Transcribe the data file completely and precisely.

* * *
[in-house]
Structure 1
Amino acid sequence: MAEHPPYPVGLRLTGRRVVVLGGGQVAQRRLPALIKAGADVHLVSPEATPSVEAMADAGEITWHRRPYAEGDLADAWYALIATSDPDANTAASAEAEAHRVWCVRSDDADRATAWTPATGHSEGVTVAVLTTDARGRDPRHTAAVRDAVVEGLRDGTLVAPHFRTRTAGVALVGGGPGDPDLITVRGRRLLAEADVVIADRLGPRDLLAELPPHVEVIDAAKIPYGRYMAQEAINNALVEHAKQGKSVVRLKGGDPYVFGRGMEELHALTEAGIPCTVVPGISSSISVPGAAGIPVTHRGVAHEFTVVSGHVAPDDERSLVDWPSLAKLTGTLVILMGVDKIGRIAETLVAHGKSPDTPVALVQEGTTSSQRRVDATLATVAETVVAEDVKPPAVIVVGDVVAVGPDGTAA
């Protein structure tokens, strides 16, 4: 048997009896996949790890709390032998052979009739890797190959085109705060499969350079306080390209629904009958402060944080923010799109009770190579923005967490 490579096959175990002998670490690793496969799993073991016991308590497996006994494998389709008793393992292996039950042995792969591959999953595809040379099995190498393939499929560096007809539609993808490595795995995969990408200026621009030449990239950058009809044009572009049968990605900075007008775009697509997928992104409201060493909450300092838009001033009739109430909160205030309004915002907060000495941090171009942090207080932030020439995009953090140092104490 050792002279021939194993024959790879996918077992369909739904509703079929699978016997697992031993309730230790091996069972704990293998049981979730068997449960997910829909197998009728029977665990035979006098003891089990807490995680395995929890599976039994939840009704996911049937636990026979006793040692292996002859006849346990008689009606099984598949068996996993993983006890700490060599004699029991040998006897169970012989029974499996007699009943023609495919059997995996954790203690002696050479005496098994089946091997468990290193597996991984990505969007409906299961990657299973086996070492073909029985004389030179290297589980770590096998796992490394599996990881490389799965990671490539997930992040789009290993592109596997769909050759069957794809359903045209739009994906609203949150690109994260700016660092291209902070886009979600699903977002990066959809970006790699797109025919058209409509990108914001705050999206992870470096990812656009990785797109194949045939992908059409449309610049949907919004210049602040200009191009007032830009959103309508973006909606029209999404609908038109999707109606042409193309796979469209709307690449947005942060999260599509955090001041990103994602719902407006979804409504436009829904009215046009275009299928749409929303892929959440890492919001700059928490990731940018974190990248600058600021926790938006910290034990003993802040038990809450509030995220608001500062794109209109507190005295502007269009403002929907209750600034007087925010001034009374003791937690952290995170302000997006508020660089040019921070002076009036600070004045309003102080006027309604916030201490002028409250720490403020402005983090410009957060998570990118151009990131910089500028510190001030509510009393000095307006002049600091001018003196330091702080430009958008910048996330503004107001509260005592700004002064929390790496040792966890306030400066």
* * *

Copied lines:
[in-house]
Structure 1
Amino acid sequence: MAEHPPYPVGLRLTGRRVVVLGGGQVAQRRLPALIKAGADVHLVSPEATPSVEAMADAGEITWHRRPYAEGDLADAWYALIATSDPDANTAASAEAEAHRVWCVRSDDADRATAWTPATGHSEGVTVAVLTTDARGRDPRHTAAVRDAVVEGLRDGTLVAPHFRTRTAGVALVGGGPGDPDLITVRGRRLLAEADVVIADRLGPRDLLAELPPHVEVIDAAKIPYGRYMAQEAINNALVEHAKQGKSVVRLKGGDPYVFGRGMEELHALTEAGIPCTVVPGISSSISVPGAAGIPVTHRGVAHEFTVVSGHVAPDDERSLVDWPSLAKLTGTLVILMGVDKIGRIAETLVAHGKSPDTPVALVQEGTTSSQRRVDATLATVAETVVAEDVKPPAVIVVGDVVAVGPDGTAA
């Protein structure tokens, strides 16, 4: 048997009896996949790890709390032998052979009739890797190959085109705060499969350079306080390209629904009958402060944080923010799109009770190579923005967490 490579096959175990002998670490690793496969799993073991016991308590497996006994494998389709008793393992292996039950042995792969591959999953595809040379099995190498393939499929560096007809539609993808490595795995995969990408200026621009030449990239950058009809044009572009049968990605900075007008775009697509997928992104409201060493909450300092838009001033009739109430909160205030309004915002907060000495941090171009942090207080932030020439995009953090140092104490 050792002279021939194993024959790879996918077992369909739904509703079929699978016997697992031993309730230790091996069972704990293998049981979730068997449960997910829909197998009728029977665990035979006098003891089990807490995680395995929890599976039994939840009704996911049937636990026979006793040692292996002859006849346990008689009606099984598949068996996993993983006890700490060599004699029991040998006897169970012989029974499996007699009943023609495919059997995996954790203690002696050479005496098994089946091997468990290193597996991984990505969007409906299961990657299973086996070492073909029985004389030179290297589980770590096998796992490394599996990881490389799965990671490539997930992040789009290993592109596997769909050759069957794809359903045209739009994906609203949150690109994260700016660092291209902070886009979600699903977002990066959809970006790699797109025919058209409509990108914001705050999206992870470096990812656009990785797109194949045939992908059409449309610049949907919004210049602040200009191009007032830009959103309508973006909606029209999404609908038109999707109606042409193309796979469209709307690449947005942060999260599509955090001041990103994602719902407006979804409504436009829904009215046009275009299928749409929303892929959440890492919001700059928490990731940018974190990248600058600021926790938006910290034990003993802040038990809450509030995220608001500062794109209109507190005295502007269009403002929907209750600034007087925010001034009374003791937690952290995170302000997006508020660089040019921070002076009036600070004045309003102080006027309604916030201490002028409250720490403020402005983090410009957060998570990118151009990131910089500028510190001030509510009393000095307006002049600091001018003196330091702080430009958008910048996330503004107001509260005592700004002064929390790496040792966890306030400066």